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Quarantine Life: The Poetry Version

April is National Poetry Month, so Revolution Digital asked its employees to write poems about their experience staying at home due to Covid-19.

Revolution Digital  |  April 16, 2020
Quarantine Life: The Poetry Version

As we reach the month milestone of sheltering in place, we asked our team to channel their inner Dickenson or Frost and pen quarantine poems. And, they did not disappoint.

As social media experts, we are always on top of the various daily and monthly holidays and observances to work into our clients’ content. (Because who doesn’t want a day to celebrate bacon or chocolate?) April happens to be National Poetry Month. And as we continue to practice social distancing as an agency, we look for creative ways to keep our fun office culture going–even from home. So, we put out a call to our employees and asked then to pen poems about their quarantine experience.

Studies have shown that creative writing, can be beneficial as a way to cope with the stress from uncertain situations, like our current reality. So, aside from the obvious entertainment factor of poems written by co-workers, hopefully this creative outlet helped our talented crew relieve some stress.

From odes to sweatpants and furry co-workers to a peek into a day-in-the-quarantine-life, here’s a sampling of the prose that came together with Covid-19 as the muse:

My New Coworker, Katie O.

I normally love my coworkers
but my new one, not so much.
He follows me around all day
and even tries to eat my lunch.
He sneaks into my bathroom
and peeks his head inside to watch
and even when I’m on a call,
he rests his head right on my crotch.
He fell asleep beside me
and his own fart woke him up
but I still look forward to every day
because I get time with my pup.

A Love Note to Sweatpants, Kat

I’ve loved you since I was a college lass;
I wore you to every 8am class.
“You can’t wear sweatpants in public,” they said.
I exclaimed, “but I’ll have to wear real pants for the rest of my life until I am dead!”

But now they are beginning to see what I always knew,
they’re finally appreciating the things I’ve always loved about you.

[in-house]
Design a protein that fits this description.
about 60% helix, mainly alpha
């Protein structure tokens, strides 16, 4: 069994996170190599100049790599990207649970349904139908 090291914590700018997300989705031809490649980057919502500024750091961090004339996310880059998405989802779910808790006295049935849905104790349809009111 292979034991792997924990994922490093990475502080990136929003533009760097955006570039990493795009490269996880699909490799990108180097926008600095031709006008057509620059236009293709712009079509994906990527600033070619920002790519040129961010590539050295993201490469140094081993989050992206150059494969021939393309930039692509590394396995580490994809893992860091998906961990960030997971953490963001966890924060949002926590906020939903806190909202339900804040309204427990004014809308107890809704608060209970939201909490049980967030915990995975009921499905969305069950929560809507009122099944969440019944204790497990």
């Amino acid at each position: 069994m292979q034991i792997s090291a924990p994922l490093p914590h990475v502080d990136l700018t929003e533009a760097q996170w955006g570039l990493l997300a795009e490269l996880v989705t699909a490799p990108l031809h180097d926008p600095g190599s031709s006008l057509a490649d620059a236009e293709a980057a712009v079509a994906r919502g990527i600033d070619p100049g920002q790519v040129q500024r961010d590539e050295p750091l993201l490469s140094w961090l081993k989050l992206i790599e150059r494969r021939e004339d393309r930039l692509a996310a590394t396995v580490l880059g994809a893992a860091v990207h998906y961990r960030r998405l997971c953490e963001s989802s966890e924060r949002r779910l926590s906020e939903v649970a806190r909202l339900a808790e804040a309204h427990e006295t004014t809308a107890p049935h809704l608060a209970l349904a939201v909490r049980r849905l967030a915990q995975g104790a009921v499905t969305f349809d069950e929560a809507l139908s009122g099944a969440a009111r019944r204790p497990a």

Your sales have soared.
Because, well, people are bored

You see, their comfort is key
during these times of uncertainty
But despite your newfound popularity,
I hope the following is plain to see:

I loved you before you were cool,
Before Drake wrote a song about how girls in sweats make him drool
And I will continue to love you for all of my life;
You bring me comfort and happiness instead of tight pant strife.

Sweatpants, dear sweatpants
I tell you this earnestly with open hands
A life without you I cannot recall,
a life without you is simply no life at all.

Self-Isolation, Brianna

Self-isolation
isn’t all that bad as an introvert.
Kind of like vacation,
minus the frozen dessert.

Pjs every day
and binge-watching, too;
Every weekend and weekday
It’s like deja vu.

Thankful for essential workers,
and all that they do,
Unlike the jokers
who run the G.W. Zoo.

Before social distancing let on,
no one was askin’
“Who killed Don?”
But now the world agrees: it was Carole Baskin.

A Day in Quarantine Life, Nancy

Math being done in one room,
Grading midterms in the kitchen.
Reading class is over zoom,
While I get the Instagram copy written.

Fortnight battles are endless
Netflix shows are streaming.
We’re tackling that honey-do list.
Amazingly, there hasn’t been much screaming.

We’re trying our best,
Even attempting to stay fit.
It’s been a bit easier than I guessed.
But I do have to ask, Wait, what day is it?

Tweaked and Bleary, Ken

Once upon a midday dreary, while I toiled, tweaked and bleary
over many a trite and curious design that gets ignored
While I nodded, staving napping, suddenly there came a tapping
From someone who I thought was napping, napping since before.
Since before the bleary toiling, tapping softly at my door –
In a whisper, said “I’m bored.”

Ah distinctly I remember, working from home in December
The holiday week spent OOO seems a fairy tale of yore.
It was simply a week’s vacation – temporary relocation.
That’s what working home back then was for.
It’s different now, the days are foggy, and the hours just seem more
More than what a day should be – a paltry twenty-four.

Not a noise I tried to make – no other being should be awake,
And frightening was the sudden sound outside my opened door.
I needn’t say or hardly mention that this would need direct attention
and i tried my best to keep this interruption one ignored.
But slightly louder, tapping louder, footsteps on the floor
said a tiny voice “I’m bored.”

Woe, my battered sense of patterns, routines torn apart and scattered!
Rebuilt, then knocked down by this interlocutor who’s bored.
Resigned to fate, I slowly turn, and glance down lowly in return
Into the sleepy eyes – not napping – of my daughter at my door.
Her eyes grow wide and smile grows happy, I forget my list of chores.
Daughter napping nevermore.

A Pandemic Pledge, Katie C.

COVID-19 has brought a new perspective,
and although quarantine is lonely,
it’s more importantly effective.

So, let’s do what we can to flatten the curve,
let’s be grateful for our health and homes,
and give the vulnerable the help they deserve.

America’s motto is e pluribus unum,
translating to “out of many, one”—
underscoring the importance of our union.

So, let’s stick together by staying apart,
let’s defeat this virus as one team,
one victorious whole comprised of many selfless parts.

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